As the GOP clown car gets ready to sputter eastward for the Pennsylvania primary amid an onslaught of attacks on women’s reproductive rights, it’s a good time to remember that our state has always been, and seemingly always will be, the nerve center of the national abortion debate.
Forget Roe v. Wade for a moment. Both before and after the 1973 landmark ruling that interpreted the right to privacy protected by the Constitution to include abortion, Pennsylvania was operating on the premise that abortion was a state, not federal, issue.
In 1972, as Roe was being argued in the Supreme Court, Pennsylvania’s General Assembly passed a bill that basically outlawed the procedure.
“House Bill 800 … was a flat prohibition,” recalls state Rep. Babette Josephs (D-Philadelphia), former executive director for Pennsylvania NARAL, an abortion-rights nonprofit.
Written by the late Rep. Martin Mullen, HB 800 sailed through both chambers, but then-Gov. Milton Shapp vetoed it. The House could have overridden the veto but as Josephs recalls it, Shapp sized up his opponents correctly and scheduled the proceedings for the first day of a two-day bear-hunting season. Josephs watched the hearing fall apart from the balcony of the Capitol building.
“I … remember seeing them down on the floor. I remember Mullen … wringing his hands and wimpering about unborn babies the way they do, and the guys are all packing up and leaving and he’s making his speech to their backs,” recalls Josephs. “They said, ‘Come on, Marty! We’ve got to get out of here.’”
As much as hillbillies in Harrisburg like to restrict access to abortion, it just can’t compare to firing hot metal into the heart of a large animal. HB 800 was done.
The next year, Roe followed. Contrary to popular belief, and as evident in the continual increase in state-level restrictions on abortion, Roe was not, and is not, the end-all to protecting access to the service.
“In a sense, the Roe decision was a double-edged sword for pro-choice groups,” observed the authors of Abortion Politics in American States, a 1994 textbook look at the development of abortion policies by state. “While it gave them an undeniable victory by legalizing abortions, it also lulled them into a false sense that women’s access to abortion was no longer an issue. Nowhere is this truer than in Pennsylvania, where pro-life forces interpreted Roe as the beginning of the battle over abortion, not the end.”
That perspective led to the Abortion Control Act in 1989.
The act is significant because it was the first serious challenge to Roe and introduced five key mandates: informed consent (a doctor reading specific information to the patient 24 hours before an abortion); spousal notification; parental consent; a mandatory waiting period; and a provision requiring clinics to report demographic information on women to the state.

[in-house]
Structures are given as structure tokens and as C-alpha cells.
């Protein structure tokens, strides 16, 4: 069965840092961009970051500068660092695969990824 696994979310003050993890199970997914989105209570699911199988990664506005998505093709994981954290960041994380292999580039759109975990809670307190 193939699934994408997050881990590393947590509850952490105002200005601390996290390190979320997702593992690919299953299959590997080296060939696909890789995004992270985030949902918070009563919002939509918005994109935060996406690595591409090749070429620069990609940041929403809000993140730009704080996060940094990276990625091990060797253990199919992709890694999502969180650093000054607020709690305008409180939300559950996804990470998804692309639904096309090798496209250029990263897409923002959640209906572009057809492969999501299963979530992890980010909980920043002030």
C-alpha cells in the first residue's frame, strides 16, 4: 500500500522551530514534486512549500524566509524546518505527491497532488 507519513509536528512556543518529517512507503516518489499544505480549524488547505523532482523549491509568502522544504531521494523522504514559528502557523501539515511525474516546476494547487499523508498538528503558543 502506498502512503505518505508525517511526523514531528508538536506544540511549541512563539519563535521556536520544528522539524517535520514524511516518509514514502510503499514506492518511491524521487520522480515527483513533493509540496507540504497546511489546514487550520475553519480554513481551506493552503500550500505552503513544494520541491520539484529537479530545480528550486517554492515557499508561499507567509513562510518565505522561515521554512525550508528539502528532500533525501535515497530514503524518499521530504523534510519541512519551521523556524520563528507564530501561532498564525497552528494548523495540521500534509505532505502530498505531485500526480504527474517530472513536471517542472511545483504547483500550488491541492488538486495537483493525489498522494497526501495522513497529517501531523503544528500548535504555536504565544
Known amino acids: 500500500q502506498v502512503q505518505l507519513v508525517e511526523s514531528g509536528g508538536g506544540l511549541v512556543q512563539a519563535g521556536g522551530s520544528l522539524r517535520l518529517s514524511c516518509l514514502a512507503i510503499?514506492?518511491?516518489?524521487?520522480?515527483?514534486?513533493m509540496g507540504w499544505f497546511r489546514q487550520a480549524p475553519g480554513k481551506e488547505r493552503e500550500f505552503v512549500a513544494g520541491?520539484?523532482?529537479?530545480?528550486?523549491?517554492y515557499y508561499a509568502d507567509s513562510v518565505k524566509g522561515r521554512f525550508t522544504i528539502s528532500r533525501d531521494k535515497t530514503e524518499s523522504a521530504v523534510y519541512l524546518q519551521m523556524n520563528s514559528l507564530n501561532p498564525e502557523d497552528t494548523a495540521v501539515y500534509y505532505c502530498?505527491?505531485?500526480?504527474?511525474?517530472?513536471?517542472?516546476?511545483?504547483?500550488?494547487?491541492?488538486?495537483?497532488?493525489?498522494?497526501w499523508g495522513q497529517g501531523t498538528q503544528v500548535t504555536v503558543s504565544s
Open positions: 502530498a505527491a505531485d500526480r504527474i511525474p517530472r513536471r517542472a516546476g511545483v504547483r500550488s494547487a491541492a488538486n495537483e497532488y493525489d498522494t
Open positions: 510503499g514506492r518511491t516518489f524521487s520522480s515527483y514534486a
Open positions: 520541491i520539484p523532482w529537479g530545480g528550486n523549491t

The Philly-area chapter of Planned Parenthood challenged the act, resulting in landmark 1992 Supreme Court ruling, Planned Parenthood of Southeastern Pennsylvania v. Casey—as in pro-life Democrat Robert Casey, governor at the time. To the relief of abortion-rights advocates, the court upheld Roe; to the joy of anti-abortion activists, it also upheld all of the mandates of the Abortion Control Act except spousal notification.
Though states still can’t outlaw abortion, the Casey ruling empowered them to draft bills to make providers harder to find and services more expensive—a system that disproportionately affects poor women. It paved the way for all the cockamamie state-level laws we’ve been hearing about—and the ones we don’t.
“They took the fight to the states so not to draw big national attention,” says Dayle Steinberg, CEO of Planned Parenthood of Southeastern Pennsylvania. “And for a while, they didn’t.”
But no more. Much in the way the Susan G. Komen public-relations catastrophe awakened many Americans to the insidious reach of right-wing legislators bent on politicizing women’s access to health care, the recent ultrasound laws—covered by national papers and mocked on Saturday Night Live and The Daily Show —woke the same constituency to the coordinated anti-abortion effort executed on the state level.
Last year, a record-high number of state-level restrictions to abortion access were introduced all over country. By year’s end, 135 provisions were enacted in 36 states, an increase from the 89 enacted in 2010 and 77 in 2009, according to the Guttmacher Institute.
For Josephs, the final straw was the mandatory-ultrasound bill, which bizarrely requires that the doctor tilt the screen toward the patient’s face, watch her eyeballs and document—for the state—whether she looked at it or averted her gaze. (The bill was shelved but critics, including Josephs, believe that’s a temporary move by Mitt Romney Republicans to not “stir up [Rick] Santorum fanatics” before the primary.)
“I am introducing a repeal of the Abortion Control Act in toto. It’s time to do it,” says Josephs. “Women are mad. Women are fed up. There is no medical necessity for the Abortion Control Act whatsoever.”
“She’s making a statement and I understand her outrage,” says Steinberg. “They’re crossing the line. They’re over-reaching. The amount of time they spent debating abortion here, it’s just staggering.”
A recent analysis by a good-government nonprofit of the mandatory-ultrasound bills popping up around the country confirms that state Rep. Kathy Rapp (R-Warren/Forest/McKean), the legislator who introduced Pennsylvania’s mandatory-ultrasound bill, is carrying water for anti-abortion lobbyists.
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